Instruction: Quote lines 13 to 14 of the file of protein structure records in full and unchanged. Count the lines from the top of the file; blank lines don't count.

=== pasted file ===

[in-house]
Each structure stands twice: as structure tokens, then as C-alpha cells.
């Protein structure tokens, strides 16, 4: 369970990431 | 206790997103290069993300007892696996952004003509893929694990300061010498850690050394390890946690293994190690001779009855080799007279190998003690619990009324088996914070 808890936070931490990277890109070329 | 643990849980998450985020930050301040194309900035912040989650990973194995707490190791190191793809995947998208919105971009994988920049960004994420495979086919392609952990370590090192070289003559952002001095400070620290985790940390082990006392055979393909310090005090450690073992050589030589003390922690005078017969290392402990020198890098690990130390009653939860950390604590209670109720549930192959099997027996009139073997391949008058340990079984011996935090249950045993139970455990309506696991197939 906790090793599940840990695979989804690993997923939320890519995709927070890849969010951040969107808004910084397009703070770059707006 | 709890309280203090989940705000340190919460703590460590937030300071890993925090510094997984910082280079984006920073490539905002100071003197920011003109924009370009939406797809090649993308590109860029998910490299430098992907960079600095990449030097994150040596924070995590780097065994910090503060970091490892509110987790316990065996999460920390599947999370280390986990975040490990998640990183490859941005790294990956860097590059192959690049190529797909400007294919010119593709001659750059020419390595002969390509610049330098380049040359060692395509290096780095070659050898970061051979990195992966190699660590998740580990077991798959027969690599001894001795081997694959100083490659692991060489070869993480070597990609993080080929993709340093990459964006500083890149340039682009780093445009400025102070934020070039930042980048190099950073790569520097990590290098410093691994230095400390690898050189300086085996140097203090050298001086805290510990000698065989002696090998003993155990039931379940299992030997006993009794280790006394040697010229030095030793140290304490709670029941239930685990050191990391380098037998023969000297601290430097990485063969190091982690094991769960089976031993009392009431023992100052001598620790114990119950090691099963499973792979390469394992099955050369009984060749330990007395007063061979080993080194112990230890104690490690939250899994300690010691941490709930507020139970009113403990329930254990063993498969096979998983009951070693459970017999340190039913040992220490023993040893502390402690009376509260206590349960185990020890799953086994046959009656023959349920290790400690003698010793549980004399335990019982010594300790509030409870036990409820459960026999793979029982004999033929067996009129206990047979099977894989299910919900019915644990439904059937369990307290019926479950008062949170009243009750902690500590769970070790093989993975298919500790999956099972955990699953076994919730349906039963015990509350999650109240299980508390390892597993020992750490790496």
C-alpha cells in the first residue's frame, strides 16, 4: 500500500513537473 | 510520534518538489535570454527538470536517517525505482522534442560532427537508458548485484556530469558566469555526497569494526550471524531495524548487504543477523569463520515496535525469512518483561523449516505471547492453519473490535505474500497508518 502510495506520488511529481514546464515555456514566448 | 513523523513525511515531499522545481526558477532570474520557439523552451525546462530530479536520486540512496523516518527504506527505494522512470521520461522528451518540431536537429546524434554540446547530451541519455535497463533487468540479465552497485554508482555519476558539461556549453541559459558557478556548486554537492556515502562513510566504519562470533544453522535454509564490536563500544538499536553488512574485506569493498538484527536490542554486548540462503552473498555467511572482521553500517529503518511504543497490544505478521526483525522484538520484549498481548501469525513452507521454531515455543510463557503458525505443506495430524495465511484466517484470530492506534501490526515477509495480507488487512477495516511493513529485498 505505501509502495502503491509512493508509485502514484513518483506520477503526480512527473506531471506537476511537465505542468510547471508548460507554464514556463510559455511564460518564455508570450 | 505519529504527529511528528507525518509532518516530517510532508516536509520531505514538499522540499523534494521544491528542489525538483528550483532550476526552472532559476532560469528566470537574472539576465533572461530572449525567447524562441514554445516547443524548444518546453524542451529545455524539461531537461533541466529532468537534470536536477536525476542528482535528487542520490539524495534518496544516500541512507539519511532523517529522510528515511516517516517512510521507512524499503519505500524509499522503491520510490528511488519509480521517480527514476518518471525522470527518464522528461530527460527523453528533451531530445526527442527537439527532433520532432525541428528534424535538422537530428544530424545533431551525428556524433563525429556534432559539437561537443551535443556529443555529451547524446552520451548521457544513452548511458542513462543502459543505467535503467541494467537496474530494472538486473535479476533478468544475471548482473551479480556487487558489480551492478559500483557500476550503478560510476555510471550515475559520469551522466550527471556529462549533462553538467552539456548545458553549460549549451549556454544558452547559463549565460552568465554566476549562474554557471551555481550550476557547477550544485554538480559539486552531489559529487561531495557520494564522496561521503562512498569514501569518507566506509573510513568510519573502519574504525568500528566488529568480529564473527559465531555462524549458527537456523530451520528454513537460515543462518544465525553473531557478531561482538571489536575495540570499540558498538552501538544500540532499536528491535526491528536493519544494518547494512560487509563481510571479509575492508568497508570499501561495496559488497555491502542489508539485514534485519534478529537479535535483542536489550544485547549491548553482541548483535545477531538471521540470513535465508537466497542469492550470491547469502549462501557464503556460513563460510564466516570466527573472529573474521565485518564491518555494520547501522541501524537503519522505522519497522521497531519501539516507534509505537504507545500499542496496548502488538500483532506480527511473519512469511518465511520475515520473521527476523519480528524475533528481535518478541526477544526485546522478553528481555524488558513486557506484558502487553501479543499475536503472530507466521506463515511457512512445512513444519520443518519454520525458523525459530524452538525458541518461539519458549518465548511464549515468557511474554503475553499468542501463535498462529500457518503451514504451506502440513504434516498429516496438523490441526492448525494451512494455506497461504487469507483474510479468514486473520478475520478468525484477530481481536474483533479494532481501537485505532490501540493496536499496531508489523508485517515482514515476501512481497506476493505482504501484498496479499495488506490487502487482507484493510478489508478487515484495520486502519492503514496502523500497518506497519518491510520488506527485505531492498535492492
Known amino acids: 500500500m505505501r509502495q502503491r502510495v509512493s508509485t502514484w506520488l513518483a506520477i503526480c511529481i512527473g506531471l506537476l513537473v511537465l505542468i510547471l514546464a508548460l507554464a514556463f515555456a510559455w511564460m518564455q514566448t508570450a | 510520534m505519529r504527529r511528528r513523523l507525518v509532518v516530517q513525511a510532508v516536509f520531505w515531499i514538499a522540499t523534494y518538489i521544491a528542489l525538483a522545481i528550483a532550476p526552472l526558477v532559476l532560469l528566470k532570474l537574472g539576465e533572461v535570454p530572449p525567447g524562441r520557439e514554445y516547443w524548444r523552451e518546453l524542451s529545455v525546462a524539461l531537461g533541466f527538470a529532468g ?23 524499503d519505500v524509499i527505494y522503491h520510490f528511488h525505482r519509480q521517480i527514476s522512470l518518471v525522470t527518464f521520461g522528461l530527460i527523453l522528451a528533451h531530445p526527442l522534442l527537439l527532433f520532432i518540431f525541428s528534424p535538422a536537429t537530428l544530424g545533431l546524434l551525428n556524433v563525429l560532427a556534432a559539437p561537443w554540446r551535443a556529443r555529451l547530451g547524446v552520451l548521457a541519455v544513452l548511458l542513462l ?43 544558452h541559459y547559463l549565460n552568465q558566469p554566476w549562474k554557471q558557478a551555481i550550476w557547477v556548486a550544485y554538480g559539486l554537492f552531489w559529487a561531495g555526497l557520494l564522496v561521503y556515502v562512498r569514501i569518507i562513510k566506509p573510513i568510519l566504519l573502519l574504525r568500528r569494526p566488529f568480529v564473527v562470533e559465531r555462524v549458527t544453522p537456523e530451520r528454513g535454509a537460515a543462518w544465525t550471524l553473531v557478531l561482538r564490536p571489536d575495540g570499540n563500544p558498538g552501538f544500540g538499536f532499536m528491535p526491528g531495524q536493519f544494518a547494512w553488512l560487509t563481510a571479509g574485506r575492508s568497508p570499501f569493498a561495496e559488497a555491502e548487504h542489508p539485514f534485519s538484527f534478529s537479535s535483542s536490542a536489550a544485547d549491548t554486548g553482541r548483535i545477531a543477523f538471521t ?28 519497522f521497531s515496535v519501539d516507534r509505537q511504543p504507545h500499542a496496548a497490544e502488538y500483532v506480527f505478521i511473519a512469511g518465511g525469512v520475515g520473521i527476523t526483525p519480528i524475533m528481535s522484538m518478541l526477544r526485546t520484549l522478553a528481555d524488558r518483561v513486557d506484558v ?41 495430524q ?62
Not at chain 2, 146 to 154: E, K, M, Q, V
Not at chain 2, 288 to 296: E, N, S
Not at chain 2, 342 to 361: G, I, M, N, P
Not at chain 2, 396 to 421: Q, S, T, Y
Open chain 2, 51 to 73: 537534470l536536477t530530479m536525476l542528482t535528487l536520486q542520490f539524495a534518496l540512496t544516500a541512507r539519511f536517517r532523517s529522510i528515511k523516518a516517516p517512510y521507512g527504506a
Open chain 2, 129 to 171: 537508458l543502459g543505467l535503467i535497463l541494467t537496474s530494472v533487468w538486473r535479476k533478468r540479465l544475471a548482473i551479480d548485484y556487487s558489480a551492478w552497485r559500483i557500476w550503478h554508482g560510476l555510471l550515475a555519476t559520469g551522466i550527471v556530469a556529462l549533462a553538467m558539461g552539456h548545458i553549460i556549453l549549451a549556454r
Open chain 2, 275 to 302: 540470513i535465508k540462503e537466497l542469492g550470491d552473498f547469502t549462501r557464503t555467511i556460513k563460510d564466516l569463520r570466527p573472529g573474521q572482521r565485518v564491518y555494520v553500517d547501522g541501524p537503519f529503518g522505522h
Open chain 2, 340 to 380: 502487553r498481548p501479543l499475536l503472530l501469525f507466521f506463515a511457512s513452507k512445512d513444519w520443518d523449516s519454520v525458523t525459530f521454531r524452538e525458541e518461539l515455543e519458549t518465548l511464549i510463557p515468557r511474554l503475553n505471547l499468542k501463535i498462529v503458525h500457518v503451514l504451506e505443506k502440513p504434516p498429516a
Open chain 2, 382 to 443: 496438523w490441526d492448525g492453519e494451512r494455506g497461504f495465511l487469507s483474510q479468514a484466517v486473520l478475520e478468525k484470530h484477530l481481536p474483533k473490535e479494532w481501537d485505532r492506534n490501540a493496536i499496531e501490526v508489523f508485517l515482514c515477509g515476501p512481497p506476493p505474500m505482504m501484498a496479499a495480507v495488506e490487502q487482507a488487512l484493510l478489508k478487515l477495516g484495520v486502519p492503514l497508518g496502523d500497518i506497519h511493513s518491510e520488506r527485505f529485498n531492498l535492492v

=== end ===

Open chain 2, 340 to 380: 502487553r498481548p501479543l499475536l503472530l501469525f507466521f506463515a511457512s513452507k512445512d513444519w520443518d523449516s519454520v525458523t525459530f521454531r524452538e525458541e518461539l515455543e519458549t518465548l511464549i510463557p515468557r511474554l503475553n505471547l499468542k501463535i498462529v503458525h500457518v503451514l504451506e505443506k502440513p504434516p498429516a
Open chain 2, 382 to 443: 496438523w490441526d492448525g492453519e494451512r494455506g497461504f495465511l487469507s483474510q479468514a484466517v486473520l478475520e478468525k484470530h484477530l481481536p474483533k473490535e479494532w481501537d485505532r492506534n490501540a493496536i499496531e501490526v508489523f508485517l515482514c515477509g515476501p512481497p506476493p505474500m505482504m501484498a496479499a495480507v495488506e490487502q487482507a488487512l484493510l478489508k478487515l477495516g484495520v486502519p492503514l497508518g496502523d500497518i506497519h511493513s518491510e520488506r527485505f529485498n531492498l535492492v